A French-developed security platform which turns email into the electronic equivalent of registered mail could help deal with the bureaucratic paper mountains throughout Europe.
In all sorts of dealings and transactions between government departments, between businesses and government bodies, and between individual citizens and government, verification of identity and proof of what has transpired is needed.
As a rule, this has usually meant forms to fill in, signatures dated and physically posting or delivering the completed forms.
A few years ago, a French government initiative set out to develop a secure online platform to handle electronically the many transactions between local communities, or collectives, and the central government and particularly the interior ministry.
These include the ‘collectives’ having to inform the ministry of all decisions they take, and also to notify the central government of all births, deaths and marriages that occur.
French public financial institution Caisse des Dépôts et Consignations set out to develop and test the Fournisseur d'Accès Sécurisés Transactionnels (Secure Access Gateway Provider) platform or FAST.
Automated, secure document exchange
The system is able to provide automated and secure document exchange, legally recognised acknowledgement of receipt, electronic certificates and signatures, secure encryption of information, as well as traceability, time-stamping and archiving of electronic documents.
This means collectives all over France no longer have to post off copies of life-event certificates to Paris, but simply file them electronically via the FAST platform. Individual citizens benefit in a number of ways, such as no longer having to provide a physical copy of a birth certificate when making a benefit application.
Now the magic of the system is being brought to the rest of the European Union thanks to a project funded under the EU’s eTEN programme for market validation and implementation, the FASTeTEN project.
The project’s technical coordinator Jean François Navarre says in France a whole host of new e-government functions have been made possible by the platform and a private company has been established to market these services both in the country and around Europe.
“While this means FAST is not free, people wanting to use it will improve their performance and save themselves money,” he says.
Spanish region, English city
The EU-funded project, which got underway in 2008, has two very different trials of the platform’s capabilities on the go.
One is in the Spanish region of Valencia, where it is being used with the local government’s e-procurement platform to provide a new level of security by generating legally binding proof of both calls for proposal and of transactions.
The second is in the English city of Sheffield, and the objective here is to develop from scratch a new procedure for the management of contacts within organisations. This is being done by a pilot system to manage the contacts between schools and parents.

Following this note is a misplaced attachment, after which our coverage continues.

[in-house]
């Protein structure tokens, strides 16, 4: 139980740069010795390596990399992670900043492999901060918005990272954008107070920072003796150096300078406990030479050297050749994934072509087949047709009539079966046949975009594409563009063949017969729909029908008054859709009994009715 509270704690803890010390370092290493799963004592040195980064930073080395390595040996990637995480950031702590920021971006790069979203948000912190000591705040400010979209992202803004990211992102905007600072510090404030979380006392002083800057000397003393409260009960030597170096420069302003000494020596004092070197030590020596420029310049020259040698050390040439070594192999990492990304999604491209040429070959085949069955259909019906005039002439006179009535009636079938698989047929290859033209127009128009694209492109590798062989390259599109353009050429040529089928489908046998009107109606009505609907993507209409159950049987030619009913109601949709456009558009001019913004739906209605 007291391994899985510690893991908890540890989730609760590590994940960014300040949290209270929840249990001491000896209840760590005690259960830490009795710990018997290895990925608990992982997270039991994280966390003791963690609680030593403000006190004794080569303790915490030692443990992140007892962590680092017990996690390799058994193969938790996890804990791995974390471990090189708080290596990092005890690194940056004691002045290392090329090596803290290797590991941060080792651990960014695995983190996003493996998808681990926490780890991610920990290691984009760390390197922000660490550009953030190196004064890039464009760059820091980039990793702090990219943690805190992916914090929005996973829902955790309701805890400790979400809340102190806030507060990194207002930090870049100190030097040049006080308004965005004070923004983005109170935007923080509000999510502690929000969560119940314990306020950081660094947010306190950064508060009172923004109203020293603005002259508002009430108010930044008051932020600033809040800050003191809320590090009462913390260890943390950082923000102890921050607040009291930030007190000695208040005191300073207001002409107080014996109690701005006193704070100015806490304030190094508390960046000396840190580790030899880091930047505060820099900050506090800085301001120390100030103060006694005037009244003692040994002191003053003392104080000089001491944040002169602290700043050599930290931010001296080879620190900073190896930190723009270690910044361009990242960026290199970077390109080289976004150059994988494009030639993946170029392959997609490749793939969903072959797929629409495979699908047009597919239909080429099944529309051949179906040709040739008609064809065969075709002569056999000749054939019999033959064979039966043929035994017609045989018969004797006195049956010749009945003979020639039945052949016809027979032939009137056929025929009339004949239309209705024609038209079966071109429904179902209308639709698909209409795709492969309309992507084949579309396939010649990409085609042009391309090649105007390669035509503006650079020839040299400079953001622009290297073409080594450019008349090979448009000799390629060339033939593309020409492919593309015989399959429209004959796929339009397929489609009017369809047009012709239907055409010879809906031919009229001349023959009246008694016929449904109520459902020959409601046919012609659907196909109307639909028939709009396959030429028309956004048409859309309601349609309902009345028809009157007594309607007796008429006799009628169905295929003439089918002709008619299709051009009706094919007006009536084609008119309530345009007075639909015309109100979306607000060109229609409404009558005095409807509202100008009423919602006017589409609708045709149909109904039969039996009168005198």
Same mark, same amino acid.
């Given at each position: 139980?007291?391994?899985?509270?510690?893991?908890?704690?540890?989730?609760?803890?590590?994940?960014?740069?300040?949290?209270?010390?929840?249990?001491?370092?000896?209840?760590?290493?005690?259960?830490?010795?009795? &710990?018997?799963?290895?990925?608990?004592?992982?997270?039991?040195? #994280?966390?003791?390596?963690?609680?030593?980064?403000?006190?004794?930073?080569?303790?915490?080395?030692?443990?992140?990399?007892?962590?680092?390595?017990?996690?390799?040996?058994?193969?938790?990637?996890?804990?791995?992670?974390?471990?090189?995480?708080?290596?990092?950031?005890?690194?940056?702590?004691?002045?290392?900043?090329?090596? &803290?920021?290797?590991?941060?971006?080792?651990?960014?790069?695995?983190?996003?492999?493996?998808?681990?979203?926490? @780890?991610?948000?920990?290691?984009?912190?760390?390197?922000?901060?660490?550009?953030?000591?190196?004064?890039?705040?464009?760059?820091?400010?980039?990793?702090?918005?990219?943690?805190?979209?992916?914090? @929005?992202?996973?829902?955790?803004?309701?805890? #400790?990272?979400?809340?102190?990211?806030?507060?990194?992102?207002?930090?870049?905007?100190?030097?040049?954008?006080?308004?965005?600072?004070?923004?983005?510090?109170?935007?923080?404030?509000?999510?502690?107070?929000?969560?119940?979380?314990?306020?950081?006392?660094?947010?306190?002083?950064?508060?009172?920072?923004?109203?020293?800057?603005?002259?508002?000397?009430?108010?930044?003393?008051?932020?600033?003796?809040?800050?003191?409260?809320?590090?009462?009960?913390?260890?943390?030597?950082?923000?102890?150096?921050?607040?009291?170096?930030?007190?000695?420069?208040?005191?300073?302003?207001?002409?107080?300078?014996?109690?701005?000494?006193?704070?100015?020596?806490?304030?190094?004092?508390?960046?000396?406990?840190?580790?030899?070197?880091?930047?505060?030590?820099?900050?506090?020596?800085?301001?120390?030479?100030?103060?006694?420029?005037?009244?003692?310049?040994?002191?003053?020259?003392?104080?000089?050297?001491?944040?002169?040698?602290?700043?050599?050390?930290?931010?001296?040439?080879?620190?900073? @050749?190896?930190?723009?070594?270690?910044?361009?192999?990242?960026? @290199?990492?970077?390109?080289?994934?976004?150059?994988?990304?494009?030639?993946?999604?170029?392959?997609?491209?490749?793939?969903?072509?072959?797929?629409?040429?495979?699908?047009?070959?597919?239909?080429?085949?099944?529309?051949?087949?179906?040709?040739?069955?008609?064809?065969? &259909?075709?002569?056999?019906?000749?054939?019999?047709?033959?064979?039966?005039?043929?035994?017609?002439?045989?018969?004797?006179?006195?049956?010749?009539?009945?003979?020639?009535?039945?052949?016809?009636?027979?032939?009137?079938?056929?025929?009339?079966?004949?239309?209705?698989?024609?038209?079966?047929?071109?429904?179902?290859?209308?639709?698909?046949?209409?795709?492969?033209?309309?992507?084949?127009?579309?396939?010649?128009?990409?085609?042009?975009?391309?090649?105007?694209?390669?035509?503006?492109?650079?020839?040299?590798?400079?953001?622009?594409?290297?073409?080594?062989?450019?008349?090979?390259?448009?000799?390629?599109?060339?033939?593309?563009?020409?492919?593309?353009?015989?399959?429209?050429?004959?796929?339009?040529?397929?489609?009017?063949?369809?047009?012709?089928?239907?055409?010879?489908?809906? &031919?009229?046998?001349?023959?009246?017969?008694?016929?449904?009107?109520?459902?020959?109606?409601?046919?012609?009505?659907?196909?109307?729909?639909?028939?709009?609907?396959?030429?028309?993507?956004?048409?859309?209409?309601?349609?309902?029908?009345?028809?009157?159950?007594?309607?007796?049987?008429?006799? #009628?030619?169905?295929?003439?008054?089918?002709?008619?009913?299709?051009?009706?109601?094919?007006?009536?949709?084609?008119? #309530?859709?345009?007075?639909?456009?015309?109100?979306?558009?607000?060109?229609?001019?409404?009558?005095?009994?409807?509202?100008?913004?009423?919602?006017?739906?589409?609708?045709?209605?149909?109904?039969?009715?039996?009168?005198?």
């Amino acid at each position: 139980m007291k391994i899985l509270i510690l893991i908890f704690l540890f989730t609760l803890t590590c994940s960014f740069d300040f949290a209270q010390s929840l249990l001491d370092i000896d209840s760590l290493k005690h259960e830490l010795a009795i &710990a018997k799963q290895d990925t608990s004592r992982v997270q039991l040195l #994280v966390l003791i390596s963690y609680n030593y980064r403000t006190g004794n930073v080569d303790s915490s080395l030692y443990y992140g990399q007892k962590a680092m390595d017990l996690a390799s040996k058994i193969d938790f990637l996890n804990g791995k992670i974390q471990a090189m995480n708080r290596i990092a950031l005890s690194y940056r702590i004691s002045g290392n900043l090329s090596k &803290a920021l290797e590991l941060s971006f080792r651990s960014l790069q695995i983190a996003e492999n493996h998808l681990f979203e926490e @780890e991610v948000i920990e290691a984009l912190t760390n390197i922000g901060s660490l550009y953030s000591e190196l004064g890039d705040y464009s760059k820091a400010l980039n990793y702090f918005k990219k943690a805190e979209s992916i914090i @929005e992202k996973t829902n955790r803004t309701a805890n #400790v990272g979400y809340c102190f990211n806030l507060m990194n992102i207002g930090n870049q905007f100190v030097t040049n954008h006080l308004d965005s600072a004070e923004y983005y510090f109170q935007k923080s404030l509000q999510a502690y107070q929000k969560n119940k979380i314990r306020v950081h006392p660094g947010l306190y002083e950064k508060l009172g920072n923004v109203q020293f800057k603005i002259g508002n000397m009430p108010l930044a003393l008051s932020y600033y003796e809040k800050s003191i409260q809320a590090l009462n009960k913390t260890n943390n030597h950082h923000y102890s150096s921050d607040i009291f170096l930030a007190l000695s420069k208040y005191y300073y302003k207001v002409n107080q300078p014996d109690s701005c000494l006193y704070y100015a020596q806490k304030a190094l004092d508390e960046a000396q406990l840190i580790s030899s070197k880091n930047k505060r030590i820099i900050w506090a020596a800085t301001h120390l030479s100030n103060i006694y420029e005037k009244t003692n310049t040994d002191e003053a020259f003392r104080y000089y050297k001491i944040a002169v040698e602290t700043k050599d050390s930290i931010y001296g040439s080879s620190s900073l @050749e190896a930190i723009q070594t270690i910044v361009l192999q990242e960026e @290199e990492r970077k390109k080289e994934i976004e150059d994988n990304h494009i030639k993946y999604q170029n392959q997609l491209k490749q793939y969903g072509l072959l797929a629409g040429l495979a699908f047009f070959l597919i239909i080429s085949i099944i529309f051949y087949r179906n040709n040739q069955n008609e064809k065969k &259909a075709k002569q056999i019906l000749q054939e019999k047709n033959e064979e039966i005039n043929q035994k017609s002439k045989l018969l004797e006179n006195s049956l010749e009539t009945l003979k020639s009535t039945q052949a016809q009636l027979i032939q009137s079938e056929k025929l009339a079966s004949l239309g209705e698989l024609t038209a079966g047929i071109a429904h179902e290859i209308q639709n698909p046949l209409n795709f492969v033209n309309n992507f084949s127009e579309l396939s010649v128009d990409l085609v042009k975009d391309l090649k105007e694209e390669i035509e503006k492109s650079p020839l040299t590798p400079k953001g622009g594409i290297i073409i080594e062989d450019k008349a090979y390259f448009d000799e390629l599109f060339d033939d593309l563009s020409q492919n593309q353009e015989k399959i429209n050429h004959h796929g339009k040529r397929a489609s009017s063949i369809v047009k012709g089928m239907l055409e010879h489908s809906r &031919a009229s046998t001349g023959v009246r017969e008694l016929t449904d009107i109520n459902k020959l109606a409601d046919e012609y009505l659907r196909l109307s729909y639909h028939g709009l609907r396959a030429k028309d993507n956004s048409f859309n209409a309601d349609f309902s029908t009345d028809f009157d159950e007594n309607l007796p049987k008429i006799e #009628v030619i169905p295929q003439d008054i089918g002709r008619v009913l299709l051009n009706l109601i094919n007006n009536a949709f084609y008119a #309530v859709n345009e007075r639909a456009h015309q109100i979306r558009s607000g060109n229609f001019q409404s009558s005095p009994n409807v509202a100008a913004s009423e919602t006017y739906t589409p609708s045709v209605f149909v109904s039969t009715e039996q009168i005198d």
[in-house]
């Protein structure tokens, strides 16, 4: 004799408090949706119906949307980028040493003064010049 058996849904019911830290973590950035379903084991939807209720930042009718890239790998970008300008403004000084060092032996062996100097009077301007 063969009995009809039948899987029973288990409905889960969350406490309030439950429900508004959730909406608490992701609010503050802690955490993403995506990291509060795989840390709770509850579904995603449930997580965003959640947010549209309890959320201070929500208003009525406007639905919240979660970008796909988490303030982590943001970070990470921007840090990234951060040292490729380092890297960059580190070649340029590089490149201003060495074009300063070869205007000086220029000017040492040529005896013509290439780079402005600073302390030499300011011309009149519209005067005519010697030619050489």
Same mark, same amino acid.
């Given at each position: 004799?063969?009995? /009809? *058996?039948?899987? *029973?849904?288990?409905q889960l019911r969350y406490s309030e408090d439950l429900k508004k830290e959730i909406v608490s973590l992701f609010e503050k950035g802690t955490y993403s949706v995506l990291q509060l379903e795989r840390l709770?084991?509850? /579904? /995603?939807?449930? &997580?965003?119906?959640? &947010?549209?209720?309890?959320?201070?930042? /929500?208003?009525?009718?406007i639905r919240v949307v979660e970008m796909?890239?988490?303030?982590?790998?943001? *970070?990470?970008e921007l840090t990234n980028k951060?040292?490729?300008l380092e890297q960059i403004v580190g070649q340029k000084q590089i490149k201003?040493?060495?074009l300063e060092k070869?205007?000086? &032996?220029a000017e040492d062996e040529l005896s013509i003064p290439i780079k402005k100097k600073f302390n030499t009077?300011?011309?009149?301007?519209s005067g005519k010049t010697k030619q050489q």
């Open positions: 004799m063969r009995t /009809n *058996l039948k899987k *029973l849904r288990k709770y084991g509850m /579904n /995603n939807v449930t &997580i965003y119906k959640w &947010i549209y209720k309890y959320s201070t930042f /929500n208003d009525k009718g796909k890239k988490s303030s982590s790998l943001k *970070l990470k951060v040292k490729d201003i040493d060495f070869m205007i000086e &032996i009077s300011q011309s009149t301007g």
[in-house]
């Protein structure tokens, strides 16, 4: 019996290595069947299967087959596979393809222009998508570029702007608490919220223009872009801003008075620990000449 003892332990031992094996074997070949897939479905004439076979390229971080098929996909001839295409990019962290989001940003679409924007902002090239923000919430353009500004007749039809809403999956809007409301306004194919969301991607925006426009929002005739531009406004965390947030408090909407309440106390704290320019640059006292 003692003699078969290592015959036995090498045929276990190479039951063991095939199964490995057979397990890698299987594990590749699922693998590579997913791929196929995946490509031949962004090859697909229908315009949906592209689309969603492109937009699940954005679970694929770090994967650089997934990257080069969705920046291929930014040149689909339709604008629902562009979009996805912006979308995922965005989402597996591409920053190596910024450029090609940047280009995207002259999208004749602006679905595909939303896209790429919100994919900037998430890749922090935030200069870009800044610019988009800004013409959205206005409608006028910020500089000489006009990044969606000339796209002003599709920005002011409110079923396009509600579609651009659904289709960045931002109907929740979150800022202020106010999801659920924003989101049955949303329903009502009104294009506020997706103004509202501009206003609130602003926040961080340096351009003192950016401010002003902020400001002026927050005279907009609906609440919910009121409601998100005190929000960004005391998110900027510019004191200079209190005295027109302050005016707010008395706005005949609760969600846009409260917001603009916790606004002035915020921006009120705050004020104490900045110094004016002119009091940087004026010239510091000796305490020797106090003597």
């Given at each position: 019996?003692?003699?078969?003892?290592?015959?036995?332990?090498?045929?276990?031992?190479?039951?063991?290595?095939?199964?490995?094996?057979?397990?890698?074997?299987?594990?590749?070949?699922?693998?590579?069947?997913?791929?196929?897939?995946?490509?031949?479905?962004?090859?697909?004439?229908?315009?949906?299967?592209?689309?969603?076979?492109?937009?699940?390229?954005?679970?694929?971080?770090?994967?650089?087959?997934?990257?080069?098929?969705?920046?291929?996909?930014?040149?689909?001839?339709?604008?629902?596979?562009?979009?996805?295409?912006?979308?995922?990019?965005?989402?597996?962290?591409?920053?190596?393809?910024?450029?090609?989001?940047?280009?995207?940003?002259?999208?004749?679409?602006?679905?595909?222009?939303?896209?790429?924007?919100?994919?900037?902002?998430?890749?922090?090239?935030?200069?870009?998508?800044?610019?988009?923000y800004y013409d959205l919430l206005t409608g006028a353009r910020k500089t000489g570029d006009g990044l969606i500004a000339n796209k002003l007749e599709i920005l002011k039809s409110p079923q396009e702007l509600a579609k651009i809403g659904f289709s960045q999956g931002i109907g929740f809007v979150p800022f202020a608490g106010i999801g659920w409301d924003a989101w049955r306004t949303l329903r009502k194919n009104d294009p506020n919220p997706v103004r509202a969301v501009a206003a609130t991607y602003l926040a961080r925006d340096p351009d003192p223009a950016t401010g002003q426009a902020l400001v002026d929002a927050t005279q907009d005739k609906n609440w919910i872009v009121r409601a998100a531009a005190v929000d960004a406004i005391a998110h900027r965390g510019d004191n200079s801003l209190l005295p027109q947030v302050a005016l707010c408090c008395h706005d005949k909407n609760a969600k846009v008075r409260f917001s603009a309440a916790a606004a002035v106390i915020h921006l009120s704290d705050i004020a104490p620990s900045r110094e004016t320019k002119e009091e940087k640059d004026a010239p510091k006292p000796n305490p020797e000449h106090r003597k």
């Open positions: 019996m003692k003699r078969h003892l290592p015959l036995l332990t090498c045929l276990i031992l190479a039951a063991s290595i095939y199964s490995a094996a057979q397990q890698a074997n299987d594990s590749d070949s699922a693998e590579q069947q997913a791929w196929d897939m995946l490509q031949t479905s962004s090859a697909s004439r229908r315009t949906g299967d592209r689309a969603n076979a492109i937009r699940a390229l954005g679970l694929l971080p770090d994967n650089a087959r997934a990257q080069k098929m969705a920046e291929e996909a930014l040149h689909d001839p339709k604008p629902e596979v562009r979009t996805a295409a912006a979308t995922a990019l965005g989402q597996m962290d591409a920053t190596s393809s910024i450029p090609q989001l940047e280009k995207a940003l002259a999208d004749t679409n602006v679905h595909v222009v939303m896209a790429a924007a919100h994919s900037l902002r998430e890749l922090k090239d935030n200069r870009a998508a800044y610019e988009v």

Jonathan Gay, the project partner in charge of the Sheffield trials, said: “We took stock of the paperwork being used in the local school system to see what could be put onto the FAST platform to reduce the need for parent-based signatures”. Then ten schools were selected to trial a cross-selection of applications.
Parental consent for events
“We have carried out hundreds of tests on the forms and interfaces, worked with the school secretaries and now we are ready for implementation,” he says.
One of the applications being trialled is parental consent for events, such as school outings. Instead of posting or giving children consent forms for parents to fill in, a teacher can put the detail of an event onto the platform which will then contact all the parents, and send reminders to those who do not respond. Parents log onto a website to give consent via an electronic signature. Parents who do not have access to a PC at home can use a token with an electronic signature on it at a public terminal.
If a problem occurs during the event, a parent cannot claim to have not given consent because of the security built into the system which not only recognises the electronic signature but also records the exact time it was received and then archives it. With an ordinary email there is not the same legal standard of proof. Another application being looked at is paperless exam results.
One difference between the trials is that, in Valencia, the platform is installed on the regional government’s servers, whereas in Sheffield everything is run through the FAST central servers in France. This might change, according to Gay, who said: “We might bring the system here as time-stamping and archiving need input from people and we might be able to create new IT jobs.
“We are implementing FAST with a view to the long term and the project funding is to allow us to come up with as many ways as possible to use the technology and to develop new applications and mechanisms”. He mentions the health and emergency planning sectors as potential users of the technology.
According to Navarre, the platform can be used at a municipal, regional, national and pan-national level throughout the EU to provide transparent, secure and easy-to-use e-government services for citizens and businesses.
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